The form the State Bar uses for reporting does not include "charges" -- only convictions -- and is in keeping with B&P Code section 6068(o)(5).
It reads: “A verdict of guilty against me or my plea of guilty or no contest to misdemeanor charge(s)committed in the course of the practice of law, or in a manner in which a client of the attorney was the victim, or a necessary element of which, as determined by the statutory or common law definition of the misdemeanor, involves improper conduct of an attorney, including dishonesty or other moral turpitude, or an attempt or a conspiracy or solicitation of another to commit a misdemeanor of that type.”
The quoted heading " Attorneys are required to self-report felony indictments, felony or misdemeanor charges or convictions, guilty verdicts, guilty pleas and no contest pleas" conflicts with the language of the statute.
There is indeed an analytic gap and a lack of clear and consistent direction on this issue, one that is, in my view, compounded by language in B & P §6068(o) that the statute “only” provides that the State Bar may discipline attorneys for failure to self-report. So the statute does not itself define self- reportable events and defers to the State Bar to specify the events that trigger the obligation.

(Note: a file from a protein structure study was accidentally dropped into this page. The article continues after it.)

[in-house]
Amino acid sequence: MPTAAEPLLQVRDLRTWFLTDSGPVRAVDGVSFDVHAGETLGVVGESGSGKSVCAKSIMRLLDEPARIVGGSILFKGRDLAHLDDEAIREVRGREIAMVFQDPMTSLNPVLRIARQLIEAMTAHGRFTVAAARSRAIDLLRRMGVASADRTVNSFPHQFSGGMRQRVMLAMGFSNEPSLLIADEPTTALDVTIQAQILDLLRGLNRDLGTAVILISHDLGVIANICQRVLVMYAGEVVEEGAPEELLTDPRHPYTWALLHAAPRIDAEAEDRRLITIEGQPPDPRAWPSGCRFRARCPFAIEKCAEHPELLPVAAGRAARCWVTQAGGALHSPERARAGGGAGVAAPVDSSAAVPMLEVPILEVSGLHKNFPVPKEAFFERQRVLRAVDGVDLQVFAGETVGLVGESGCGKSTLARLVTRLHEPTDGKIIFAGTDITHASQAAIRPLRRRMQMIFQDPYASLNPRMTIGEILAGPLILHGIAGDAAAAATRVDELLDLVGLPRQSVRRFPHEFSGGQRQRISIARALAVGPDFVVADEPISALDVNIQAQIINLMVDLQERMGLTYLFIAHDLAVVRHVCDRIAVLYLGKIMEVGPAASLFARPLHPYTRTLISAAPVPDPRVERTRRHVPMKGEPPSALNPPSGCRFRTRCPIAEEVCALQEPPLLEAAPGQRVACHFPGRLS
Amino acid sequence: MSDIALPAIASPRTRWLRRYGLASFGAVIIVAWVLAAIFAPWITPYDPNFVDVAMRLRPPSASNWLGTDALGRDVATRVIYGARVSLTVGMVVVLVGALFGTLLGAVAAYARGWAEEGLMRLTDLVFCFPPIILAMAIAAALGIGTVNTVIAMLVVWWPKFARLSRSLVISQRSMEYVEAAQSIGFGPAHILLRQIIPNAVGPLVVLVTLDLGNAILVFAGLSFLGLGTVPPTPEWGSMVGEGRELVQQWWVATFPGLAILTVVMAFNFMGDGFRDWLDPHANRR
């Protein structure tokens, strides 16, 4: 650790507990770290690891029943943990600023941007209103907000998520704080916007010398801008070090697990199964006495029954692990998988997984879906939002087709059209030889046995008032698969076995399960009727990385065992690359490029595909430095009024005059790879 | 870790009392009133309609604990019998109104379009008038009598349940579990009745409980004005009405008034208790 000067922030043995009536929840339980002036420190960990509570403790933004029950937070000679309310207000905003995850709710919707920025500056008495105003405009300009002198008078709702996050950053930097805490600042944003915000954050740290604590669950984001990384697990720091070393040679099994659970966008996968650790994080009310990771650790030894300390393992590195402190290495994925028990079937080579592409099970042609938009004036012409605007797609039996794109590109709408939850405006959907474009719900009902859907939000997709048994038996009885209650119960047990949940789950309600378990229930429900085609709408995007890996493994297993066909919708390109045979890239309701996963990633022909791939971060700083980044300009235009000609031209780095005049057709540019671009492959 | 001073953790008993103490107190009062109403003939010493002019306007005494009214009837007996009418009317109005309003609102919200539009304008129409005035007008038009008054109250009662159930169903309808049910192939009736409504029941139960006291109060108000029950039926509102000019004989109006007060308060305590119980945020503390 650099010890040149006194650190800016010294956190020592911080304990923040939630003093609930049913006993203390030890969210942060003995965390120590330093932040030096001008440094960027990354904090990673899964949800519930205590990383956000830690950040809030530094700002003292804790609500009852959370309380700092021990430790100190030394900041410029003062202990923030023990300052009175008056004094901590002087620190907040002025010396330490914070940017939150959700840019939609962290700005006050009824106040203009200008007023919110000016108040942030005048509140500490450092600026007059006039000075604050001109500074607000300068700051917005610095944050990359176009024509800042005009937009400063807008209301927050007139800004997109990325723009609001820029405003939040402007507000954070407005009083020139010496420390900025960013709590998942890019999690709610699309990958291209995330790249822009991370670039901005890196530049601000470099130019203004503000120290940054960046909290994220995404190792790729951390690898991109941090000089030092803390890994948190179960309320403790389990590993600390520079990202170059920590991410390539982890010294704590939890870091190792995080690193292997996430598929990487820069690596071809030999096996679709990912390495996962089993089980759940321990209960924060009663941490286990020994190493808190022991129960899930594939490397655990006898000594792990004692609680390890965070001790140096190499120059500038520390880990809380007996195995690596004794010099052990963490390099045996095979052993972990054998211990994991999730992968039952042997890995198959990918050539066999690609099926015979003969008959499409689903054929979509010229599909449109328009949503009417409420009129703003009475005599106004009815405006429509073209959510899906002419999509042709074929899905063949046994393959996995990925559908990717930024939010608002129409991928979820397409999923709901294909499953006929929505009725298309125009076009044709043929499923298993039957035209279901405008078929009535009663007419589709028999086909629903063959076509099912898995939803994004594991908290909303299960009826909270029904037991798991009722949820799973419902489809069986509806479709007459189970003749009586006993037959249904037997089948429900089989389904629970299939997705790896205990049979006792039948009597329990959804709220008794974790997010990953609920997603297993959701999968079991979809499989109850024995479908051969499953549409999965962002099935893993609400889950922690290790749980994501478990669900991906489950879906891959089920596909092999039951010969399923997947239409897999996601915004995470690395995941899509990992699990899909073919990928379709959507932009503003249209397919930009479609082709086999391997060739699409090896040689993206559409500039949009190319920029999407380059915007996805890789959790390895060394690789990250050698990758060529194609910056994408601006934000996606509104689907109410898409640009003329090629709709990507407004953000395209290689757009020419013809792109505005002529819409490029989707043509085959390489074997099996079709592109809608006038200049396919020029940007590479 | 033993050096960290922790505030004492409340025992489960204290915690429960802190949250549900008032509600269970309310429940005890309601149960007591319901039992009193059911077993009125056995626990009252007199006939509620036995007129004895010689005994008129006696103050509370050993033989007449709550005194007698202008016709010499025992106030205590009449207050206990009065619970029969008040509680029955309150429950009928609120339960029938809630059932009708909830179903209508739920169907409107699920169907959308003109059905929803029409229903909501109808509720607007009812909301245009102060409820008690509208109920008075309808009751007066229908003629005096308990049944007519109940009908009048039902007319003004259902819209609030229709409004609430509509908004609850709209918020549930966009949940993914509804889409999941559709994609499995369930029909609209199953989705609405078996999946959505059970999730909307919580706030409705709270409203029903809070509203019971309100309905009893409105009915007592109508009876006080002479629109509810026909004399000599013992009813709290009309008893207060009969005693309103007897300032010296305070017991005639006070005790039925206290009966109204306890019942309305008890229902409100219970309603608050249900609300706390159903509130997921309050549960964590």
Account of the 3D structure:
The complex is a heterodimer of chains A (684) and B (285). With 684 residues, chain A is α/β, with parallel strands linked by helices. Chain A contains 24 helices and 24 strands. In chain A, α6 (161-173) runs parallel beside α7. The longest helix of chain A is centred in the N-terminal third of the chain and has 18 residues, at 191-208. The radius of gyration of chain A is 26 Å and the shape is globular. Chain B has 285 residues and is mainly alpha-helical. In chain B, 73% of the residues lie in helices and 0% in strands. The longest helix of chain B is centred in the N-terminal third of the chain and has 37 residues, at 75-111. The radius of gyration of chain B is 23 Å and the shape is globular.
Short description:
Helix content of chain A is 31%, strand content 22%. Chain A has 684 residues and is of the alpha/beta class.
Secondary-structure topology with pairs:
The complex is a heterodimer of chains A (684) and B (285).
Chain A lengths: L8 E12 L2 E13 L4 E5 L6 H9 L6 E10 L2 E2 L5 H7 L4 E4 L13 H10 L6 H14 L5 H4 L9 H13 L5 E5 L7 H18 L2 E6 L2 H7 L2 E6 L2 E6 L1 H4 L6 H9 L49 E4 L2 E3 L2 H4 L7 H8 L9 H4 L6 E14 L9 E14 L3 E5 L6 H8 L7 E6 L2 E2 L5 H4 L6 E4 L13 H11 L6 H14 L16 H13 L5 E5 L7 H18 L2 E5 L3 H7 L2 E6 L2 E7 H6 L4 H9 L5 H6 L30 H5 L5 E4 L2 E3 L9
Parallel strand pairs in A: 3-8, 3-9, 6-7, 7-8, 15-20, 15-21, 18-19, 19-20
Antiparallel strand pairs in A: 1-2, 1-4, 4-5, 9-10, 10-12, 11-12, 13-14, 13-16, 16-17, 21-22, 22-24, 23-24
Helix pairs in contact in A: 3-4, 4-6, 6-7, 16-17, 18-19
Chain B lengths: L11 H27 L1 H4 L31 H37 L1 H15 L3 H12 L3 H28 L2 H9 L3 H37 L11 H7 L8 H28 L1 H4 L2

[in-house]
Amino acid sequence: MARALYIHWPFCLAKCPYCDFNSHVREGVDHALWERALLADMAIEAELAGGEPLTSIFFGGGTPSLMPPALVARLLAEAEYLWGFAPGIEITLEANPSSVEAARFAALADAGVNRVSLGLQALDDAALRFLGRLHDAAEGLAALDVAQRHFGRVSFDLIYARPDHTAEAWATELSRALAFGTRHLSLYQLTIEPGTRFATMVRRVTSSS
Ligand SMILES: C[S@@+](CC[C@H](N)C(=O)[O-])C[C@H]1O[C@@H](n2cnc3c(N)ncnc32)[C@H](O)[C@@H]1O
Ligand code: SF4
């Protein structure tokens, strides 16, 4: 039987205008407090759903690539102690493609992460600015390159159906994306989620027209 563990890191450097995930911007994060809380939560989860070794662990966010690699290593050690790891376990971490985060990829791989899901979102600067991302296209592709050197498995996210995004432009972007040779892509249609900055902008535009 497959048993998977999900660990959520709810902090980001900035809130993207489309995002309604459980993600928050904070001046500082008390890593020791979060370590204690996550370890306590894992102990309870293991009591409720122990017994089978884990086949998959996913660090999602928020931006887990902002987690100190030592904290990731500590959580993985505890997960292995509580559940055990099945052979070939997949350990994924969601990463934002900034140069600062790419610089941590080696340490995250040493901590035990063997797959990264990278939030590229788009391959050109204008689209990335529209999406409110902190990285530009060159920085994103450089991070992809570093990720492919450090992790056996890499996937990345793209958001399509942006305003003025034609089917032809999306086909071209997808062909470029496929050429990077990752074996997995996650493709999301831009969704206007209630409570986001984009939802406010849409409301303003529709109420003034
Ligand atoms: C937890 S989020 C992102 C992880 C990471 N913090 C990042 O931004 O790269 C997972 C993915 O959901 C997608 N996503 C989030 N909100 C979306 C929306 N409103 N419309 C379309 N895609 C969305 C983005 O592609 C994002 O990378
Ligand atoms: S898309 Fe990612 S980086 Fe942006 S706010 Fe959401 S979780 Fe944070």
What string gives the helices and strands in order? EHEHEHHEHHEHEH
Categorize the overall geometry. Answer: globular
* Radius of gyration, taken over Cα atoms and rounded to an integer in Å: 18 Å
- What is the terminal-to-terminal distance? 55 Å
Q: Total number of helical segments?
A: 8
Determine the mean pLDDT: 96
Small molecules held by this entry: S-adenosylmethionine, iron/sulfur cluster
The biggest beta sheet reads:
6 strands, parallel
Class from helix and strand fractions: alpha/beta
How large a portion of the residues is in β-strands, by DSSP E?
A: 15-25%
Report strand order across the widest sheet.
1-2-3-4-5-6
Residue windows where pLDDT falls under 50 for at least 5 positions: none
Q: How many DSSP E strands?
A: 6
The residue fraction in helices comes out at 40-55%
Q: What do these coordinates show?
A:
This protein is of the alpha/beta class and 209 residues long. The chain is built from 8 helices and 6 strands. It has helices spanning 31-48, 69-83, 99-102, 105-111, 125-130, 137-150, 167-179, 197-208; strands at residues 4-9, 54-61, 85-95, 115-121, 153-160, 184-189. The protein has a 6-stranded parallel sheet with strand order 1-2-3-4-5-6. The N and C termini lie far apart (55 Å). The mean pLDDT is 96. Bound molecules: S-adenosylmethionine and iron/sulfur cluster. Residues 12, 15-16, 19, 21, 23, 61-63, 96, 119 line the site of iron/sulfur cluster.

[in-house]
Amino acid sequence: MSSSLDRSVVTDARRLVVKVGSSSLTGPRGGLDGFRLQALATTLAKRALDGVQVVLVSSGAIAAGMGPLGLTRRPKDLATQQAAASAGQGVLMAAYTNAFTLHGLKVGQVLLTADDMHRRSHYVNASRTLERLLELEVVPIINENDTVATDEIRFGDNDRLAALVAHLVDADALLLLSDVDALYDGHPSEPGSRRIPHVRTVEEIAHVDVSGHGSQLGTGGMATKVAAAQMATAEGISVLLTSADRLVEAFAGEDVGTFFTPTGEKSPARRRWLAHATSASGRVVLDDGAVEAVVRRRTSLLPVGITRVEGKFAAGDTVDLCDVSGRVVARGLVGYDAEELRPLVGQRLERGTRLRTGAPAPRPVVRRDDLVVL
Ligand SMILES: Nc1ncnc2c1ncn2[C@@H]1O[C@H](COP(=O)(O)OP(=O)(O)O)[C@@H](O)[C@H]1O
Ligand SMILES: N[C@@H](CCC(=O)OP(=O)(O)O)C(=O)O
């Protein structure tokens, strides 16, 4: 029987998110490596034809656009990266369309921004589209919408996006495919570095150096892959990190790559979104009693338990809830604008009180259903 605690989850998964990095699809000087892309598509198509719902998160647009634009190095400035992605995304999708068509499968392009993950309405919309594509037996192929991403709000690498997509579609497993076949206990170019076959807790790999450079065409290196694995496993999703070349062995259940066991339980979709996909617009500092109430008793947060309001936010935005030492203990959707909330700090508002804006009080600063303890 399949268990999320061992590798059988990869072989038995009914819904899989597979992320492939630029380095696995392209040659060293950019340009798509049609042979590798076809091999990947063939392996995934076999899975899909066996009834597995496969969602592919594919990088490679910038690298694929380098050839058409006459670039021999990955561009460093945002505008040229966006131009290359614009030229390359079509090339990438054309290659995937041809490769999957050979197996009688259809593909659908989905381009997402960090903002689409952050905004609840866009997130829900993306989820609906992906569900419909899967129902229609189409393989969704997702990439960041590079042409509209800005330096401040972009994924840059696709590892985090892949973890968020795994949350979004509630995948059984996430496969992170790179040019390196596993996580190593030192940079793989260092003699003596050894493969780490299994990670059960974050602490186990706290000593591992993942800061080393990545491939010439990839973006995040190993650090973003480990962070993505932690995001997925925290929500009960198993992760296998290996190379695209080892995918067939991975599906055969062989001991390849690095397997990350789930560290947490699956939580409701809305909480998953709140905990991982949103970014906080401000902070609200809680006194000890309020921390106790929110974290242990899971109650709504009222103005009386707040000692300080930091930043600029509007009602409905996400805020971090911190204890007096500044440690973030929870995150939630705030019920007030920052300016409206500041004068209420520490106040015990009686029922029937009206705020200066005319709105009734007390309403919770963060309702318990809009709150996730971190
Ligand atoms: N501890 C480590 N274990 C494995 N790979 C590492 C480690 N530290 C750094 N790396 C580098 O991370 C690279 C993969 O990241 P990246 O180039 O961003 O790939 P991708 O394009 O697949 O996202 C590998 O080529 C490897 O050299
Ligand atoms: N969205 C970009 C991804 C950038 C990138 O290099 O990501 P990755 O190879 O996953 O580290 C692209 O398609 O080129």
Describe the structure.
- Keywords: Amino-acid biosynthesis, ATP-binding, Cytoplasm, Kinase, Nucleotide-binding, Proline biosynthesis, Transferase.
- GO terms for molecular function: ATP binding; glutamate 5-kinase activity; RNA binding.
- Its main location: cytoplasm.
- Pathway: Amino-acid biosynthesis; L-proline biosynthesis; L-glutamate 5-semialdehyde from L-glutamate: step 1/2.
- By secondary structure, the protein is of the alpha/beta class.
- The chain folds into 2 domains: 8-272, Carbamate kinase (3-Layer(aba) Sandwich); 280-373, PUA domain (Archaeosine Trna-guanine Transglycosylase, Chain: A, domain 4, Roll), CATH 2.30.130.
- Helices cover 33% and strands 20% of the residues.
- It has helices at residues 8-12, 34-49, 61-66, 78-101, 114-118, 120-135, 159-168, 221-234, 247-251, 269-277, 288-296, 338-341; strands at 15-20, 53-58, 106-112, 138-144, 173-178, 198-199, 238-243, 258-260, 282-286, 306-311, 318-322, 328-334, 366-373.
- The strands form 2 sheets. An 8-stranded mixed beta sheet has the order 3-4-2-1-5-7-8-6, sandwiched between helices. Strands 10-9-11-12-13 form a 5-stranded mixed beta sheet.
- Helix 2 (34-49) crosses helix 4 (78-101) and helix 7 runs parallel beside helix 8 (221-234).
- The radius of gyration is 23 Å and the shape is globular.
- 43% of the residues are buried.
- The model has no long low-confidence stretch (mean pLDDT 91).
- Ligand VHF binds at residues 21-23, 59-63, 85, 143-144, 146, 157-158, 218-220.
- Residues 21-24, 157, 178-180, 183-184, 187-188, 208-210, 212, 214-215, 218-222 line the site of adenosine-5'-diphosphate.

The California Commission on the Fair Administration of Justice alluded to the murky state of the self-reporting obligation in its 2007 Report (Report and Recommendations on Reporting Misconduct), and called for clarification from the State Bar and significantly more MCLE ethics training of attorneys on the self-reporting obligation, a recommendation that went largely ignored.
The State Bar is aware of lack of clarity in the scope of the self-reporting obligation and, apparently, chooses to leave the issue unresolved. That fact alone, as a practical matter, usually causes administrative law practitioners and professional licensing counsel to formally advise clients to comply with the broadest definition of the obligation, in the expectation that an unnecessary self-report does not prejudice or damage the member and does not cause the administrative risks and difficulties that can be reaped by a dispute with the State Bar over an unreported event. Practically speaking, there are few matters that raise these issues and the State Bar has not in recent years aggressively pursued issues of failures to self-report.
Thanks, Christine. You answered all my unasked questions and a few I did not have. I knew you could and would. You've added, at least momentarily, to my knowledge base.